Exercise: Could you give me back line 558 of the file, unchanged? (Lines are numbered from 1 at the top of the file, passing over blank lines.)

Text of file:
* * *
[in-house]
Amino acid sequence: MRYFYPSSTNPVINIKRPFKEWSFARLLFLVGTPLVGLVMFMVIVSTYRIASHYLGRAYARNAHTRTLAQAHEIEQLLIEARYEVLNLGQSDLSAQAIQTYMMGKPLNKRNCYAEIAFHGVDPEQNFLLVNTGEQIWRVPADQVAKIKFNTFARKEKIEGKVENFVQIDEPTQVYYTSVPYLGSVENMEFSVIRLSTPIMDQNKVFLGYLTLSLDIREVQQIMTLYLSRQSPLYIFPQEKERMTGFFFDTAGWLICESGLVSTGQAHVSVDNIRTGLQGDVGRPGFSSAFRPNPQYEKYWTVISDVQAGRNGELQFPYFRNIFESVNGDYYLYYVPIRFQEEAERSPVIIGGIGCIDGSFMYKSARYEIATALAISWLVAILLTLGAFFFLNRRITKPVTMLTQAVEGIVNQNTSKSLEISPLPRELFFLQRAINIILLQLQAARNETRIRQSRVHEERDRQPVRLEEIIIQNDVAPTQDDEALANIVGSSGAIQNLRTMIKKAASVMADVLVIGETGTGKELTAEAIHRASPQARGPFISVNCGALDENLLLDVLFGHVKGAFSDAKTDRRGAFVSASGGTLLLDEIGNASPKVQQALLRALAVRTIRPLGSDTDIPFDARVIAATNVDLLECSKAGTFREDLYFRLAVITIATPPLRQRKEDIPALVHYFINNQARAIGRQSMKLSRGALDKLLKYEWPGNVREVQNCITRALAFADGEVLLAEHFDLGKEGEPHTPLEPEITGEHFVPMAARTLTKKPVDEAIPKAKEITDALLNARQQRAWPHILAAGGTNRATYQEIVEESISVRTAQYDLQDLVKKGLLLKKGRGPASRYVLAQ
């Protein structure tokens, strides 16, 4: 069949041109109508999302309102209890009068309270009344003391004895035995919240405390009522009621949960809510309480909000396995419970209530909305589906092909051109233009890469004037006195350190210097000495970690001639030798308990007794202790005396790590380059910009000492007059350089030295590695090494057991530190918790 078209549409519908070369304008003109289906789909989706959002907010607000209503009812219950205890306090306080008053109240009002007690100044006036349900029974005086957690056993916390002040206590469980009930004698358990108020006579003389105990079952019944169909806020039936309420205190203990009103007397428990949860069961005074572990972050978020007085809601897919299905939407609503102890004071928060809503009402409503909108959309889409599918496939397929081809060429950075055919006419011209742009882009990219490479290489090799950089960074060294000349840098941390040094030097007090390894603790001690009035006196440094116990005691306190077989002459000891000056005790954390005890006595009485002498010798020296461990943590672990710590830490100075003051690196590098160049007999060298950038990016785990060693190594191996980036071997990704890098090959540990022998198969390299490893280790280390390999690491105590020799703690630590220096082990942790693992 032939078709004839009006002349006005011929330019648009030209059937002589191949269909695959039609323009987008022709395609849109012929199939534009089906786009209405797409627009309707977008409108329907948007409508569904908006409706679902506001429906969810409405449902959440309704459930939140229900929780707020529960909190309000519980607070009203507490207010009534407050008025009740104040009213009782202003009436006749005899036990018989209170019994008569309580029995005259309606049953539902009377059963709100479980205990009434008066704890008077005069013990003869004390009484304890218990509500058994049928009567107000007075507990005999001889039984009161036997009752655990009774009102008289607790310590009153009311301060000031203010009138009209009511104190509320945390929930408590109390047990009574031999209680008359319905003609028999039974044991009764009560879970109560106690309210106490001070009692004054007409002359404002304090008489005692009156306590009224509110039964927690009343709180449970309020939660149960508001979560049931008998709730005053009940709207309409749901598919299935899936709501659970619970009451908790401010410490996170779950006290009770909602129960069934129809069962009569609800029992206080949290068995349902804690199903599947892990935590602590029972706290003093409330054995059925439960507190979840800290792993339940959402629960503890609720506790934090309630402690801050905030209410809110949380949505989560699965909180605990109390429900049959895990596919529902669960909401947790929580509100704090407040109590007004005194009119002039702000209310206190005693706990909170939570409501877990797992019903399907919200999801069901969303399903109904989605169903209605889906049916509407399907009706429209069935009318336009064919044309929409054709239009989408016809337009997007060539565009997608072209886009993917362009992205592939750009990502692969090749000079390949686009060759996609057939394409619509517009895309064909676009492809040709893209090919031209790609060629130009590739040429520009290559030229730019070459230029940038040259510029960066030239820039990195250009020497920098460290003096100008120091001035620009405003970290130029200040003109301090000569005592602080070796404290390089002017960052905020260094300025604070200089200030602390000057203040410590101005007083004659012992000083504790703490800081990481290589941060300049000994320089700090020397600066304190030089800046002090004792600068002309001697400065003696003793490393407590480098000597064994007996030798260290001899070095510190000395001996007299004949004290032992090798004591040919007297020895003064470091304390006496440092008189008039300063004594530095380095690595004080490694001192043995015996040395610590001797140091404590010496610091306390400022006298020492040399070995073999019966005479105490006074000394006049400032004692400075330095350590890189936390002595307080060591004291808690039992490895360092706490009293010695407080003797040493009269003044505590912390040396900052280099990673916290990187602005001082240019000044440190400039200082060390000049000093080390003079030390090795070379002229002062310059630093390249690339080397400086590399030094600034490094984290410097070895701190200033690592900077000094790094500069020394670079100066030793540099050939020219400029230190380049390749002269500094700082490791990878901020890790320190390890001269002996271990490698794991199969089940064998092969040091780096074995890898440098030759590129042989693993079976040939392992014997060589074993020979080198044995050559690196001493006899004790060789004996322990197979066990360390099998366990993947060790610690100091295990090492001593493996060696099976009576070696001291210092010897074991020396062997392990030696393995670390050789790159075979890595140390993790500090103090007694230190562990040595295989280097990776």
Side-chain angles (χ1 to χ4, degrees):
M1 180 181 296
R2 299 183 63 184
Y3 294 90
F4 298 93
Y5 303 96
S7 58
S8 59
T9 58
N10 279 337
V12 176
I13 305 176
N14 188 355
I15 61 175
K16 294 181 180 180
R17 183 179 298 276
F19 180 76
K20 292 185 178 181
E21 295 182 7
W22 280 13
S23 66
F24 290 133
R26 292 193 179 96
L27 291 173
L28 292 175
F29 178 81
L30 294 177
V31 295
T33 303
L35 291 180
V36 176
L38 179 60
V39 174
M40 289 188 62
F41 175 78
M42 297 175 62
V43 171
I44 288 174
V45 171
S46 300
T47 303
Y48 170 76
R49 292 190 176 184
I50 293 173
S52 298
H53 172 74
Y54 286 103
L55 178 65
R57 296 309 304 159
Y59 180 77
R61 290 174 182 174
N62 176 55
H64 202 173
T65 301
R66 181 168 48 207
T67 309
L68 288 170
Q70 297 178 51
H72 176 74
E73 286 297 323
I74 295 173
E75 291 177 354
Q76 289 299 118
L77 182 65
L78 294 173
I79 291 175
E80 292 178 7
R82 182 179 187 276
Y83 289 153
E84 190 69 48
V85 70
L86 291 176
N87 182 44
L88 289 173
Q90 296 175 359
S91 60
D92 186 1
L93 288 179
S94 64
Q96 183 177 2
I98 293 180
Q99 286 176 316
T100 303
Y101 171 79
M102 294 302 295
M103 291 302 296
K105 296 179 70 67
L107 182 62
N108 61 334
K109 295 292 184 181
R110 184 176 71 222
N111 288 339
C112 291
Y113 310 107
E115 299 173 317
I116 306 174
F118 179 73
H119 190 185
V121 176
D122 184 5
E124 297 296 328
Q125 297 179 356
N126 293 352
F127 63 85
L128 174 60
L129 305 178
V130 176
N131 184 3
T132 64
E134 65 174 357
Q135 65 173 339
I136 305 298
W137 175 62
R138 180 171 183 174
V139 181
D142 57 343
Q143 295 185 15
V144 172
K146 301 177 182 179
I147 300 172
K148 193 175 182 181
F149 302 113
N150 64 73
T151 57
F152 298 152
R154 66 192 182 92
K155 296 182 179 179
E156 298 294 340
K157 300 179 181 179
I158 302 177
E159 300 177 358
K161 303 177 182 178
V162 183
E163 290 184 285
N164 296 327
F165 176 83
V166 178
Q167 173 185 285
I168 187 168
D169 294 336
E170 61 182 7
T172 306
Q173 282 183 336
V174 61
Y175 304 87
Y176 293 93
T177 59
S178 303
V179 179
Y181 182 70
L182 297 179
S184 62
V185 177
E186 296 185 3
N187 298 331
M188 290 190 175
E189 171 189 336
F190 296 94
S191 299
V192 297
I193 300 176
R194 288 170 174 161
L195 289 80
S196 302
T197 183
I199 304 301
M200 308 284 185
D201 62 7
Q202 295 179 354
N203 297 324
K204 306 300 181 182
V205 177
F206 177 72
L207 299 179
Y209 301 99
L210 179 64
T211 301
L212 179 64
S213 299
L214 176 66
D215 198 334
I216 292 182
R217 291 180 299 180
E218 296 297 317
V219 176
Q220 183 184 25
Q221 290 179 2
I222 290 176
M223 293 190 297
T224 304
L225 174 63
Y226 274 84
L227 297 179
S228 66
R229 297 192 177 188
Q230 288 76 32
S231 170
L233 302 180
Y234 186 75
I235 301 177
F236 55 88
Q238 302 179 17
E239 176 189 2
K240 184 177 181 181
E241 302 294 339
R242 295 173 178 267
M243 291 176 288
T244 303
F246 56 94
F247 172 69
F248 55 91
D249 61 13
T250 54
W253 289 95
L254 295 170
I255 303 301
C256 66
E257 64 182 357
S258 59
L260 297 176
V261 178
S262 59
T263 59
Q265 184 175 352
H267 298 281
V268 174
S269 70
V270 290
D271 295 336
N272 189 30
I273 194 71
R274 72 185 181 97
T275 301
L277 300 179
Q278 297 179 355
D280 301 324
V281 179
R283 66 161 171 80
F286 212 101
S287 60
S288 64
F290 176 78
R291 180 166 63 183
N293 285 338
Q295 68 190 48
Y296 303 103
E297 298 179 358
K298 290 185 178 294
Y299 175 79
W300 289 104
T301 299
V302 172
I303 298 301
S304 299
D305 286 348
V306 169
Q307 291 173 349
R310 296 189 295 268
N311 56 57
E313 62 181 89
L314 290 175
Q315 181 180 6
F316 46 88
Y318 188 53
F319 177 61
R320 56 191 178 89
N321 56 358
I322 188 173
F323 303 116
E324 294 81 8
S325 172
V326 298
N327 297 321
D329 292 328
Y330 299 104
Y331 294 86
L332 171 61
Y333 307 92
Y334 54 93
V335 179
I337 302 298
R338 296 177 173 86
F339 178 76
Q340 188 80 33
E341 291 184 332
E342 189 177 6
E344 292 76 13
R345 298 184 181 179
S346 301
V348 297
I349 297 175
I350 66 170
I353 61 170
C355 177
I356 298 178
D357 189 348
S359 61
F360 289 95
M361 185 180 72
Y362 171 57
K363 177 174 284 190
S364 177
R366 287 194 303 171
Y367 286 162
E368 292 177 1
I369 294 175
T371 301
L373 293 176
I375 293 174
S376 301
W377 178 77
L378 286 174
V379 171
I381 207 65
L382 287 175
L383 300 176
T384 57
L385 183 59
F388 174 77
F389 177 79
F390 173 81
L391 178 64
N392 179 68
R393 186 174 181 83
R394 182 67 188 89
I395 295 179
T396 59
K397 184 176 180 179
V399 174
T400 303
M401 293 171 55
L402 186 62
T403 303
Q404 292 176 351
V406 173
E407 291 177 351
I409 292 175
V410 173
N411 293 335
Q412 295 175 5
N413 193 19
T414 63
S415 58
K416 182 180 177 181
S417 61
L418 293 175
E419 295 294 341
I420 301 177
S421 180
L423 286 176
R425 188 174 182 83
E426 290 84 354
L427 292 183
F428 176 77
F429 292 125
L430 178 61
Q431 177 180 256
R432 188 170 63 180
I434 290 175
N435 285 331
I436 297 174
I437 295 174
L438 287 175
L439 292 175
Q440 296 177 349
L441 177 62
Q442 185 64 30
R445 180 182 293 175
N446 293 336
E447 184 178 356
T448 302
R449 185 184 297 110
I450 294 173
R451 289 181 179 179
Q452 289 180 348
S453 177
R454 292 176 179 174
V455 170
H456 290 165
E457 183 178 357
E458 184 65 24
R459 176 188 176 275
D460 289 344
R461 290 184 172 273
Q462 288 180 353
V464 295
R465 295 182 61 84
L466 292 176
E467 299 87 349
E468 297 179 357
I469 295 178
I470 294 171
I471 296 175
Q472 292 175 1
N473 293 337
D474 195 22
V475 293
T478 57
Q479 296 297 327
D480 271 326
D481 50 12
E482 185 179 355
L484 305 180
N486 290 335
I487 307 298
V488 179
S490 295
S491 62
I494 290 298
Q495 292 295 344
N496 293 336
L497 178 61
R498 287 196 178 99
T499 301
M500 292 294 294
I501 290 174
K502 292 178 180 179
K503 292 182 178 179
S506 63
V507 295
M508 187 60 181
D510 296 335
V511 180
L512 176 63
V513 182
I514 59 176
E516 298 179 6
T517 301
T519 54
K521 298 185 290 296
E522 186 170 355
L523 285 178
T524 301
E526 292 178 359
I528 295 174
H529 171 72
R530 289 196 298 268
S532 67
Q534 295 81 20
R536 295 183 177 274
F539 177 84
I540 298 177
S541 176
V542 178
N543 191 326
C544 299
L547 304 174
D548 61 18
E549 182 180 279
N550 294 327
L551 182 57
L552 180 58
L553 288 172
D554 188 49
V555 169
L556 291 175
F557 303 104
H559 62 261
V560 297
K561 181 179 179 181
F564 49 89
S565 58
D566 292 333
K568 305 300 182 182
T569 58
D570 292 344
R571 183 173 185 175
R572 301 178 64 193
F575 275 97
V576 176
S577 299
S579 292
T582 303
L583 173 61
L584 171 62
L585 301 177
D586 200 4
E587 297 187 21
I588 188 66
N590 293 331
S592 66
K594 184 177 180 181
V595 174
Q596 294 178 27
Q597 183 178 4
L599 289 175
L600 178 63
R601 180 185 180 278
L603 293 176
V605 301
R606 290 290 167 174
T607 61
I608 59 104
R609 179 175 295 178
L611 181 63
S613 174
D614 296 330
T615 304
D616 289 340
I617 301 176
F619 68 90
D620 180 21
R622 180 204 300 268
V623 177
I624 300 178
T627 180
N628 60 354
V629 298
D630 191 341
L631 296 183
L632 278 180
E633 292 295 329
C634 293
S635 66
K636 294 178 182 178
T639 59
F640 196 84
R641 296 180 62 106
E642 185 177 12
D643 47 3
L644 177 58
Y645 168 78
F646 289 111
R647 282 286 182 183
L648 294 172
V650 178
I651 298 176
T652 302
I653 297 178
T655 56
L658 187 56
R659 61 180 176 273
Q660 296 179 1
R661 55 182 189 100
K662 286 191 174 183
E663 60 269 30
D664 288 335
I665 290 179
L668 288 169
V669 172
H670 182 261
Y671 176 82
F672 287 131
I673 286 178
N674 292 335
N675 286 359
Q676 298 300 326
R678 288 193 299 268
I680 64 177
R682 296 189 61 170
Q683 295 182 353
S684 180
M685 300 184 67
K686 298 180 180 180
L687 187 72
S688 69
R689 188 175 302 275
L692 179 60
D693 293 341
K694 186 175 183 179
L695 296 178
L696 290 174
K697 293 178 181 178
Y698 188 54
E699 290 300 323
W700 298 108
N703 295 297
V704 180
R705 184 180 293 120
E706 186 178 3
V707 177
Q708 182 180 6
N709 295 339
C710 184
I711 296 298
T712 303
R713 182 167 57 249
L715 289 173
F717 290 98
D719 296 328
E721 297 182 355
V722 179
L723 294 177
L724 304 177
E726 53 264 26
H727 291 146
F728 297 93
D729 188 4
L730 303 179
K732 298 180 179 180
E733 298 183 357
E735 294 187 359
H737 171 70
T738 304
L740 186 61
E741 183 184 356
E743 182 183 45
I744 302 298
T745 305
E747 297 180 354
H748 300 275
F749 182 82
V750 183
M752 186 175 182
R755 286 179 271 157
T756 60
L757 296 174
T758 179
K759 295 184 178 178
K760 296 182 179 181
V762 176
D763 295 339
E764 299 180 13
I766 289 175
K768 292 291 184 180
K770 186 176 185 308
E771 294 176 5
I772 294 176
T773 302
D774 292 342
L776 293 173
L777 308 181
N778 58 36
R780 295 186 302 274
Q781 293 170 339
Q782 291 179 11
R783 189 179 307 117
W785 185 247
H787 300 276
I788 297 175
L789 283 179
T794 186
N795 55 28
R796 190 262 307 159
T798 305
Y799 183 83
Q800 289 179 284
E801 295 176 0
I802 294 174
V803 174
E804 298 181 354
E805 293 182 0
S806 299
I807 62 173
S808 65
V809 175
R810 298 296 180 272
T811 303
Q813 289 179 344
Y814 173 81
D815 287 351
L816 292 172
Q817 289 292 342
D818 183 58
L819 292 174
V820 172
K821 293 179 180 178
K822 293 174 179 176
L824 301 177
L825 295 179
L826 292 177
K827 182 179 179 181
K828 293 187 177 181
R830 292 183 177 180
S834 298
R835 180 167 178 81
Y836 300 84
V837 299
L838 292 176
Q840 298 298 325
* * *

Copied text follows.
L687 187 72